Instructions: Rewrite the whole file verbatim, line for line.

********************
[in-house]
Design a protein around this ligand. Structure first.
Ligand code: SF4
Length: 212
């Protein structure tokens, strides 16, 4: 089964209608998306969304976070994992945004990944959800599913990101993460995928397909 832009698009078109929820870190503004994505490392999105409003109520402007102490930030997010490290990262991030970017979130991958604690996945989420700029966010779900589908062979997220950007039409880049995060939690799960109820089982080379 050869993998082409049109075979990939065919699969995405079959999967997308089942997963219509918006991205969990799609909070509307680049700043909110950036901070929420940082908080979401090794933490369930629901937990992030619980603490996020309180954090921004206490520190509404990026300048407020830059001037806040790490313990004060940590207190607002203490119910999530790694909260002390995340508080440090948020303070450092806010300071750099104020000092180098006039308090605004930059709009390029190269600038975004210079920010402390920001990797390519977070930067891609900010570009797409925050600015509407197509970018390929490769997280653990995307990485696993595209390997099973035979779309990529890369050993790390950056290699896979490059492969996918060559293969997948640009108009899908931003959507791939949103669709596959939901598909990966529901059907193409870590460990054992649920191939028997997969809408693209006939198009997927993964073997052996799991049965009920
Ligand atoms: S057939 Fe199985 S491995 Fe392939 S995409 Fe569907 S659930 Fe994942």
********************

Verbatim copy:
[in-house]
Design a protein around this ligand. Structure first.
Ligand code: SF4
Length: 212
């Protein structure tokens, strides 16, 4: 089964209608998306969304976070994992945004990944959800599913990101993460995928397909 832009698009078109929820870190503004994505490392999105409003109520402007102490930030997010490290990262991030970017979130991958604690996945989420700029966010779900589908062979997220950007039409880049995060939690799960109820089982080379 050869993998082409049109075979990939065919699969995405079959999967997308089942997963219509918006991205969990799609909070509307680049700043909110950036901070929420940082908080979401090794933490369930629901937990992030619980603490996020309180954090921004206490520190509404990026300048407020830059001037806040790490313990004060940590207190607002203490119910999530790694909260002390995340508080440090948020303070450092806010300071750099104020000092180098006039308090605004930059709009390029190269600038975004210079920010402390920001990797390519977070930067891609900010570009797409925050600015509407197509970018390929490769997280653990995307990485696993595209390997099973035979779309990529890369050993790390950056290699896979490059492969996918060559293969997948640009108009899908931003959507791939949103669709596959939901598909990966529901059907193409870590460990054992649920191939028997997969809408693209006939198009997927993964073997052996799991049965009920
Ligand atoms: S057939 Fe199985 S491995 Fe392939 S995409 Fe569907 S659930 Fe994942």